. . . every man and his dog rocked the Junktion this week. And what a session it turned out to be – 26 musos in attendance, and joining the regulars, were the likes of Sir Roger, Rick, bassist Andrew, Kay (piano and mellodica), John Hunter (blues harp), Malcolm (drums) and Margaret (violin). And Brigid Deneefe having a ball whilst Sir Roger blew out the windows to celebrate his award for attending Merimbula for 27 years.. An audience of over 50 enjoyed a variety of jazz styles.
We haven’t seen Ponytail Pete in a while – he stepped up to the plate and played some fine bass, after a marathon stint from newcomer Andrew on double bass; and Brian sang, for the first time at the Junktion, particularly well. Peter Cole made a welcome return (from Pommieland I think) trailing clouds of rust perhaps, but really got into the groove.
Carol showed she is turning into a true jammer, handing out one page of a two page chart, in two different keys; but made up for it by singing an entertaining set. Look out for her first stint as a featured singer, coming up soon.
The session started with Gentleman John Curtis, and finished with Annie Smith, as a good session should.
The Junktion Jazz sessions continue to grow in size and quality. Interesting times ahead – and great to welcome back the Merimbula mob and the Castlemaine crew.
See ya Sunday?
… survived the B team, although in truth, there were more people there than we expected, and Piers, Neil and I had a ball. Surprising number of newcomers turned up, and enjoyed lively sets, from Katerina and Carol, in particular, Brian pleading a sore throat; Shanelle (saxophone) possibly one of the youngest musos in a while, and doing okay once she found her feet; hope she comes again; regular Bruce propping up the bar, and one of two Kyoto students (jazz standards, good voice, hope they come again too) got up to sing. Piers indulged in a session at the drums, and sounded even better when I nipped up stairs and found the drum sticks. Continue reading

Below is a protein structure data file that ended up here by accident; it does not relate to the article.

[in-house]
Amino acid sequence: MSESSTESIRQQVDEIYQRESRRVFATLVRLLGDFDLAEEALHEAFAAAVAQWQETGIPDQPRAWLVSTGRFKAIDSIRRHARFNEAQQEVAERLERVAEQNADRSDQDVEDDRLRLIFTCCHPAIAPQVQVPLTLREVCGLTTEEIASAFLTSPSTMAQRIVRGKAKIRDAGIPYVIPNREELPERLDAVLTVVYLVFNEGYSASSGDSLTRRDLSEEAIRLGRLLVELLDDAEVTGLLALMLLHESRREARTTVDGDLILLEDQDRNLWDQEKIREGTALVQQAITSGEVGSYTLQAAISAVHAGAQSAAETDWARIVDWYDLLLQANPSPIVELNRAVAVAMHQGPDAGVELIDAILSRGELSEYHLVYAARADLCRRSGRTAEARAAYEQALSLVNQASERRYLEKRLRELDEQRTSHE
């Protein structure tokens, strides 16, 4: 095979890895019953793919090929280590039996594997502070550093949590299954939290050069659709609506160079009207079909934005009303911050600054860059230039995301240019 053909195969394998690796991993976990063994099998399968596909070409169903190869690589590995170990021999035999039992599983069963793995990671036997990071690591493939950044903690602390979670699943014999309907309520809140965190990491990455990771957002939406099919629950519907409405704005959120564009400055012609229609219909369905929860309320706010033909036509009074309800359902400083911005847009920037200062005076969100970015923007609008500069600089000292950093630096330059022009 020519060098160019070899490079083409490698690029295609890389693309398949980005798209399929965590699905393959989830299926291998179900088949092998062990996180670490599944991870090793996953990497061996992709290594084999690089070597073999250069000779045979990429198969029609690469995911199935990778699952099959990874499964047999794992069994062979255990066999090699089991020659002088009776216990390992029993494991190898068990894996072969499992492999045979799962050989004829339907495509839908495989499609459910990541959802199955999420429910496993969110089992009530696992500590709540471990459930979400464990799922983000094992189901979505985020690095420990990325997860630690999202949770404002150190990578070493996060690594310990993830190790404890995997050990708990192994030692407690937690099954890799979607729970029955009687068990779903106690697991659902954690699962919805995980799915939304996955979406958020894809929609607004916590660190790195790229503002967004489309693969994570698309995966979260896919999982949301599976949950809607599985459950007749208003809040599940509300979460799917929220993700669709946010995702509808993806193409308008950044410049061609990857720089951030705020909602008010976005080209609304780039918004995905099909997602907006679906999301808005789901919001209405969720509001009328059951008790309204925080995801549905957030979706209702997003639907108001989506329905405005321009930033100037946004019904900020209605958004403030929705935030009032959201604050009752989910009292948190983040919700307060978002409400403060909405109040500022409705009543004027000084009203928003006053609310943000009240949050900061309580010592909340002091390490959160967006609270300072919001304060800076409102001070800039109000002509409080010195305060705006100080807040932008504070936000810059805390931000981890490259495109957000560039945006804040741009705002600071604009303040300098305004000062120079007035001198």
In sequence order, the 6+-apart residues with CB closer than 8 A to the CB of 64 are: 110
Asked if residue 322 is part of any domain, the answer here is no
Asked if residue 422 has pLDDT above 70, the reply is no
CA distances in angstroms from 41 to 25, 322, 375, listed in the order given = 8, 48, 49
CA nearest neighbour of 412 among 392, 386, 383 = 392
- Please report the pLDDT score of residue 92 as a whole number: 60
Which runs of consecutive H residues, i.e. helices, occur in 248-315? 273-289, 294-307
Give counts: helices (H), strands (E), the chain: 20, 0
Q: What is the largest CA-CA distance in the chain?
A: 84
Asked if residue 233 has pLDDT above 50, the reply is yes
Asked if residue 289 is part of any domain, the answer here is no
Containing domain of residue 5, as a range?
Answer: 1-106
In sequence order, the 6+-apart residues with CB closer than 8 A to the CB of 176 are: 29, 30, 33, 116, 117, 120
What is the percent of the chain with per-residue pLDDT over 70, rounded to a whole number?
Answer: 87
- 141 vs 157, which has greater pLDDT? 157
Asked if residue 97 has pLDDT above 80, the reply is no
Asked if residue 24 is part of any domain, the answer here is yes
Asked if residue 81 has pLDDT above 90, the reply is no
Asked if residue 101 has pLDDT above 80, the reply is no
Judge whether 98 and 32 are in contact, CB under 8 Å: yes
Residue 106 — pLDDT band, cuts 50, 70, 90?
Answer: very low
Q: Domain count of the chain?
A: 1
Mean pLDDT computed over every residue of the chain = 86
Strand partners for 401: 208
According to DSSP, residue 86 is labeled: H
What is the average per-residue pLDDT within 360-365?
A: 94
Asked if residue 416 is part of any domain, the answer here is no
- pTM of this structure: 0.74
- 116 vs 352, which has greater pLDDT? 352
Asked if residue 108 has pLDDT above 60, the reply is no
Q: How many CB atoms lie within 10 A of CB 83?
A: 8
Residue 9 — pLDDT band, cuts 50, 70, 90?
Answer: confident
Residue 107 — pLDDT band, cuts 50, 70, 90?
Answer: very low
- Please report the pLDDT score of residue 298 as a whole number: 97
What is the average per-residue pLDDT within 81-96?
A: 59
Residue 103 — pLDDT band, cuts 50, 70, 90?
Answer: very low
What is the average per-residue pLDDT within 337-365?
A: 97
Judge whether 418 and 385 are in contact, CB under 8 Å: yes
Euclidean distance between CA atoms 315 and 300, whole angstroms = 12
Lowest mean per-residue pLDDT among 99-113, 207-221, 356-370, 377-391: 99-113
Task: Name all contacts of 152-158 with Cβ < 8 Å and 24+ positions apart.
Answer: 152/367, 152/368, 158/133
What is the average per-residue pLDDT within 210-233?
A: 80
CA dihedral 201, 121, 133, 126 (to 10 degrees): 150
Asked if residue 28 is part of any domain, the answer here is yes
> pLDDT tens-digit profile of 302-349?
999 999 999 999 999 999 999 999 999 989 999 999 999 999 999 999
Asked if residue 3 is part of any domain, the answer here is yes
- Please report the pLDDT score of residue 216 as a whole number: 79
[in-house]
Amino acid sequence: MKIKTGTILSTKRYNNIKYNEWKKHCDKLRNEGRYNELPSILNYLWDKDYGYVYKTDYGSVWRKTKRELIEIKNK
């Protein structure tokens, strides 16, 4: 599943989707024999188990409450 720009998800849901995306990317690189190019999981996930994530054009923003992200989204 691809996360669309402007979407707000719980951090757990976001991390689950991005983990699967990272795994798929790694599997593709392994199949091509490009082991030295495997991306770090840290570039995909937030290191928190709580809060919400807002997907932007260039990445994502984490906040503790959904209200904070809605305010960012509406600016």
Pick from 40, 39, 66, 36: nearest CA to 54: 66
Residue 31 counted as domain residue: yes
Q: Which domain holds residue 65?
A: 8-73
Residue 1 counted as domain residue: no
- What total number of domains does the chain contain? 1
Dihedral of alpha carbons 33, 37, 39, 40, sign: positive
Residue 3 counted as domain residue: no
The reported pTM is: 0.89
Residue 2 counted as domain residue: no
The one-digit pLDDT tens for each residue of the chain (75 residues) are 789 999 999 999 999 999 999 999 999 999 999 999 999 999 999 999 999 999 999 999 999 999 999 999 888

The three week trial has run its course – and has been outstandingly successful. 15 musos first week, 24 musos the next week, and for the third week, Sevil Sabah sang two short sets with her favourite quartet, (Tom Doublier, Doug Kuhn, Neil and meself) to an enthusiastic crowd of around fifty people, jammers and locals.. Of course, Dave the Boss had already said he would like us to continue, and with Castlemaine and Merimbula both on this week, it should all go pleasantly pear shaped from here on out… Continue reading
And quite a few new and familiar faces turned up. John Curtis, Will, Trevor piano, Trevor harp and Vlad (guitar) amongst them, to see what the fuss was about – and we ended up with 24 musos getting up to play, the Captain’s stress levels rising accordingly, and another good audience. Continue reading
Only four day’s notice, a cold grey sort of day, we walked into an empty room, with a rock drum kit set up in the corner; and took far too long setting up, due, probably to a surfeit of experts. Sticks Findlay amused himself by stuffing the kick drum, swapping the cymbals and snare, whilst the speakers, piano (adjusted to Hornby height), PA and amps were all moved around at a dizzying pace. Continue reading